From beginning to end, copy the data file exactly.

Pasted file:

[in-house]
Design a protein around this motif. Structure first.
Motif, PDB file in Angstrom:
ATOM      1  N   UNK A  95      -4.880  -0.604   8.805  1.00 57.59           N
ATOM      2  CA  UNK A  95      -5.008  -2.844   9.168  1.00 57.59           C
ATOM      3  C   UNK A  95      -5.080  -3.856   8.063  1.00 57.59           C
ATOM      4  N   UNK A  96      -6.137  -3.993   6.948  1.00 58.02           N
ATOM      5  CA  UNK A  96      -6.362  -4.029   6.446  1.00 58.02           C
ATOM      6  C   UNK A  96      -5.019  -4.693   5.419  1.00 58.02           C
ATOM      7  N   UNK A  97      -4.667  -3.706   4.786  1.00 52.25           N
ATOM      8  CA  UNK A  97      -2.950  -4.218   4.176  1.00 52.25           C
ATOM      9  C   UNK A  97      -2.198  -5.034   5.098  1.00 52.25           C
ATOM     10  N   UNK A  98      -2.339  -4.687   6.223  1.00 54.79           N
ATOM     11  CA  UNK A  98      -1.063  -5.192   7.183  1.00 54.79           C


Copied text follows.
[in-house]
Design a protein around this motif. Structure first.
Motif, PDB file in Angstrom:
ATOM      1  N   UNK A  95      -4.880  -0.604   8.805  1.00 57.59           N
ATOM      2  CA  UNK A  95      -5.008  -2.844   9.168  1.00 57.59           C
ATOM      3  C   UNK A  95      -5.080  -3.856   8.063  1.00 57.59           C
ATOM      4  N   UNK A  96      -6.137  -3.993   6.948  1.00 58.02           N
ATOM      5  CA  UNK A  96      -6.362  -4.029   6.446  1.00 58.02           C
ATOM      6  C   UNK A  96      -5.019  -4.693   5.419  1.00 58.02           C
ATOM      7  N   UNK A  97      -4.667  -3.706   4.786  1.00 52.25           N
ATOM      8  CA  UNK A  97      -2.950  -4.218   4.176  1.00 52.25           C
ATOM      9  C   UNK A  97      -2.198  -5.034   5.098  1.00 52.25           C
ATOM     10  N   UNK A  98      -2.339  -4.687   6.223  1.00 54.79           N
ATOM     11  CA  UNK A  98      -1.063  -5.192   7.183  1.00 54.79           C